The plaintiffs maintain that their litigation approach has been sanctioned by numerous courts which have refused to grant attorneys' fees awards to defendants who achieved favorable results in their copyright litigation. The Court will examine each of the unpublished opinions proffered by the plaintiffs.
Capitol Records, Inc., et al. v. O'Leary, 2006 U.S. Dist. LEXIS 5115 (C.D. Cal. Jan. 31, 2006) (attached as Exhibit G to the plaintiffs' response in opposition to the defendant's application for attorneys' fees), addresses a request for attorneys' fees not under the Copyright Act, but under Rule 41(a)(2) of the Federal Rules of Civil Procedure. It is inapposite for reasons discussed above.
In Priority Records L.L.C., et al. v. Chan, No. 2:04-CV-73645-LPZ-RSW (E.D. Mich. May 19, 2005) (attached to the plaintiffs' response in opposition as Exhibit H), upon dismissal of the plaintiffs' claims with prejudice, the court declined to find that the defendant was the prevailing party. It conjectured, however, that even were the defendant determined to be the prevailing party, she would not be entitled to an award of attorneys' fees under the Copyright Act. The Court does not find Priority to be particularly applicable to this case. There are simply too many substantial dissimilarities between Priority and the case at hand for it to be persuasive. For instance, as soon as the plaintiffs in Priority concluded that it was the defendant's children who likely infringed their copyrights, they moved to amend their complaint to name the children and to dismiss the defendant. It appears that prior to the dismissal, the defendant had filed no counterclaims and no dispositive motions. The decisive dissimilarity, however, is the fact that in Priority, the defendant had only to defend against a well-established direct infringement claim. Their was no claim against her for contributory or vicarious infringement.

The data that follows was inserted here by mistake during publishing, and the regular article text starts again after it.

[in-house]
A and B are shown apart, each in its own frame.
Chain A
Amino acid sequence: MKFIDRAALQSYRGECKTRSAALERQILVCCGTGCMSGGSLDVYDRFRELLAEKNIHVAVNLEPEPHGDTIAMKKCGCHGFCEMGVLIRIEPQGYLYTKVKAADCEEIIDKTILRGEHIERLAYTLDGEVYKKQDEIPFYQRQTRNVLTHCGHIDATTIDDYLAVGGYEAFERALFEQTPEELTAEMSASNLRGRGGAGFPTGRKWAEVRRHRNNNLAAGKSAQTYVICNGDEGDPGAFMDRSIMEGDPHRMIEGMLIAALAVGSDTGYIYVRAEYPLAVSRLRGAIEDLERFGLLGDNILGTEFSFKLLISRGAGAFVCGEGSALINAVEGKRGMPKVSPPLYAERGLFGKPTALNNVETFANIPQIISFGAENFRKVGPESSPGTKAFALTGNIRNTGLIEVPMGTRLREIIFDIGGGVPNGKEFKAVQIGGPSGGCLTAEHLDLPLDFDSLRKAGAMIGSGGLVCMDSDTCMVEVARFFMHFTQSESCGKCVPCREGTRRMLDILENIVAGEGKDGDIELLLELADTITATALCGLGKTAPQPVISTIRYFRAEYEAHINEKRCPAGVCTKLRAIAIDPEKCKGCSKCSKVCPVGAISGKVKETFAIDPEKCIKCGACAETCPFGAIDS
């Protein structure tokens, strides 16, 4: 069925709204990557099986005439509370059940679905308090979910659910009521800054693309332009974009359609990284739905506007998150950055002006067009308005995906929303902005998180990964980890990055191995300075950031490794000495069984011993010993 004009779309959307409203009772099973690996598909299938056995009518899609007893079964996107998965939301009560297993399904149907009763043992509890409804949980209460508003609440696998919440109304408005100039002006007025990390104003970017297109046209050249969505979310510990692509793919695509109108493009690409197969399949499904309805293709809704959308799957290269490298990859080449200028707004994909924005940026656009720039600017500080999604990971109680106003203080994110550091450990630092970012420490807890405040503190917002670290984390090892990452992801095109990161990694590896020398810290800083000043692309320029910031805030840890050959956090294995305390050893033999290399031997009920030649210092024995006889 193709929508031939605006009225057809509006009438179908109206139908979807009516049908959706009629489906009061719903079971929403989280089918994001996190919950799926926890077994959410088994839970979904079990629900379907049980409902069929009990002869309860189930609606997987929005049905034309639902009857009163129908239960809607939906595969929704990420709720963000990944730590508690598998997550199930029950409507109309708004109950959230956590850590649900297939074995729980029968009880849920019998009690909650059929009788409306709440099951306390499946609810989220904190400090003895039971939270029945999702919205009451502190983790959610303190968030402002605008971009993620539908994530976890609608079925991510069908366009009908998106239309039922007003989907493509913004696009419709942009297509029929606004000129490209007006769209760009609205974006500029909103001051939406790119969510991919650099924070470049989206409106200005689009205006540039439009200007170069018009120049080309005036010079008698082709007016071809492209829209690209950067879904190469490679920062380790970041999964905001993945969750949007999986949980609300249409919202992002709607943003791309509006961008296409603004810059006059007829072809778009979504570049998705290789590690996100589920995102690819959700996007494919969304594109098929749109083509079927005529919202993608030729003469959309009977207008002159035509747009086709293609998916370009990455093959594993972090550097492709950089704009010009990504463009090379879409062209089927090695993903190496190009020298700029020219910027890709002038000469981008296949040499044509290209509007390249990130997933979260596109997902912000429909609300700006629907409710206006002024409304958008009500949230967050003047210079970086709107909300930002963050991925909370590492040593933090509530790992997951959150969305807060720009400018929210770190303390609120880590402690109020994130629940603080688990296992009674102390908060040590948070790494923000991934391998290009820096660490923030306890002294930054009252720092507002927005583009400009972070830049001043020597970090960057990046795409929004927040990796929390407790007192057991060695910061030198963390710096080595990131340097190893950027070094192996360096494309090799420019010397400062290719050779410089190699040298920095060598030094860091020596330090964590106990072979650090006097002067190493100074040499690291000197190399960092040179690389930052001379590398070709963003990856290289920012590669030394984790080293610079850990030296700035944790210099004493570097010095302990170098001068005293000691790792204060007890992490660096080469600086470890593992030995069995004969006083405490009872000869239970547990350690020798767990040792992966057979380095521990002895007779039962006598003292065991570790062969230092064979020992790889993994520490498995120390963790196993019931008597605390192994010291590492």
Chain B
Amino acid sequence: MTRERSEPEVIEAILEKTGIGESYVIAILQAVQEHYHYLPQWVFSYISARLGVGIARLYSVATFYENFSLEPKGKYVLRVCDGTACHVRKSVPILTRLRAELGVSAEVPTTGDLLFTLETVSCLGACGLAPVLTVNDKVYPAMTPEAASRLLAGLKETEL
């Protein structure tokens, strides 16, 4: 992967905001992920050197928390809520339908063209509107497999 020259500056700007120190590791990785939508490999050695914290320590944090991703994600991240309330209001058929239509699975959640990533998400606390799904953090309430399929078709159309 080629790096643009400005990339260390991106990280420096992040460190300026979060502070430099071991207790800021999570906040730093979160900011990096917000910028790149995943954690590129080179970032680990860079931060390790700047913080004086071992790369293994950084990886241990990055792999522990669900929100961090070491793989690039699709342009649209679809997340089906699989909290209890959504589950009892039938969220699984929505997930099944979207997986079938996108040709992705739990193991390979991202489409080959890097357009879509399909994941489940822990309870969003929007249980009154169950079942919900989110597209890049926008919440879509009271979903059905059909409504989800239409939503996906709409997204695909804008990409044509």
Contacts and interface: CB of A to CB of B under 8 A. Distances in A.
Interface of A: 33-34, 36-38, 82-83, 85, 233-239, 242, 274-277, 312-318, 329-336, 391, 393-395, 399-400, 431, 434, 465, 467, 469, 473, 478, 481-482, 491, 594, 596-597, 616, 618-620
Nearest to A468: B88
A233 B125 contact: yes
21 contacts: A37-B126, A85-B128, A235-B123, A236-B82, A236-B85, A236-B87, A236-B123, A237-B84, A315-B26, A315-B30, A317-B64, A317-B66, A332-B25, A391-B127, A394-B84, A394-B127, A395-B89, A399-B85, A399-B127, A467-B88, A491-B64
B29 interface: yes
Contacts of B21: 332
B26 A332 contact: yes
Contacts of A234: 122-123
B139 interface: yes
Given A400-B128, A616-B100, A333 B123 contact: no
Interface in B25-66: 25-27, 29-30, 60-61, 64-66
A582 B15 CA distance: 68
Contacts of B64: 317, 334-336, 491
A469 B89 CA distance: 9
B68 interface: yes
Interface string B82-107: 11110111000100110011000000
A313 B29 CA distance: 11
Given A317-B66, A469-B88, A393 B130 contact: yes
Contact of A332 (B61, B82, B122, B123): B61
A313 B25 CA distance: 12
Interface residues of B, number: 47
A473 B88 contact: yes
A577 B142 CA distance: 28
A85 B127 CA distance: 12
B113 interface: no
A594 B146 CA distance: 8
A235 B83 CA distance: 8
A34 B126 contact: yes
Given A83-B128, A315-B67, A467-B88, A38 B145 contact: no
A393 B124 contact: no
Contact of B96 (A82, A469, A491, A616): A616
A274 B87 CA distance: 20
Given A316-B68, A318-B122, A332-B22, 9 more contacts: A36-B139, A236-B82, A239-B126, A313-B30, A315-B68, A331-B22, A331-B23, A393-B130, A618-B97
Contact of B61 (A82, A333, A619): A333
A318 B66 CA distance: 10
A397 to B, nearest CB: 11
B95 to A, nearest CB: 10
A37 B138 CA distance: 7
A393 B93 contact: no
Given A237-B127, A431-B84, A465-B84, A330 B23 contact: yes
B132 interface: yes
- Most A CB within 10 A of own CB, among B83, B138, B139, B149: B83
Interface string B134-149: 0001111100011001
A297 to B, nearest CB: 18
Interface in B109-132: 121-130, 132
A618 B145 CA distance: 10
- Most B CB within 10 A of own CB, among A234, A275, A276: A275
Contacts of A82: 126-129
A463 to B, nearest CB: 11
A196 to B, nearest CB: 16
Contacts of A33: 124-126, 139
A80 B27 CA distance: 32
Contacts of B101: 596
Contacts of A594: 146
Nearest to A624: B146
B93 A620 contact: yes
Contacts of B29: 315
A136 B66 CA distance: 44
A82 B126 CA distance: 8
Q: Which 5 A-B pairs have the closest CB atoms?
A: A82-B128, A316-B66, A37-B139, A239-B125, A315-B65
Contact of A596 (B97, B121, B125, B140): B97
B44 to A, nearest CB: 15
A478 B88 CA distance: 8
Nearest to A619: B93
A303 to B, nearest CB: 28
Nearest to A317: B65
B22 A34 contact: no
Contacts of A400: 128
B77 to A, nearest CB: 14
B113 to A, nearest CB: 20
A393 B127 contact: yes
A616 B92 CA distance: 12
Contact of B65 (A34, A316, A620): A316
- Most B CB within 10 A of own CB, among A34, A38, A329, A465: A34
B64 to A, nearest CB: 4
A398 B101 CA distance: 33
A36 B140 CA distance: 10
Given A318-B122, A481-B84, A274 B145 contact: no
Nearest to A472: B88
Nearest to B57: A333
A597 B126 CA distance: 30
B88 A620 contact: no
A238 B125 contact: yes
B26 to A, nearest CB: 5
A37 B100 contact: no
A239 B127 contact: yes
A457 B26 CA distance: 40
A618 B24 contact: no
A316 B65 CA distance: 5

Similarly, in Virgin Records America, Inc., et al. v. Darwin, No. SA CV 04-1346 AHS (ANx) Fogerty factors. The court found it was not frivolous or unreasonable for the plaintiffs to pursue a direct infringement claim against the individual with an apparent connection to the I.P. address associated with unlawful downloads of the plaintiffs' copyrighted works.
Like Priority, Darwin involves only a direct infringement claim. Once the plaintiff in Darwin determined that the defendant's former roommate was the direct infringer of their copyrights, they sought to dismiss the defendant. They did not elect instead to pursue secondary liability claims against the defendant. It is this Court's opinion that such claims veer much closer toward the boundaries of the frivolous and unreasonable than does a direct infringement claim.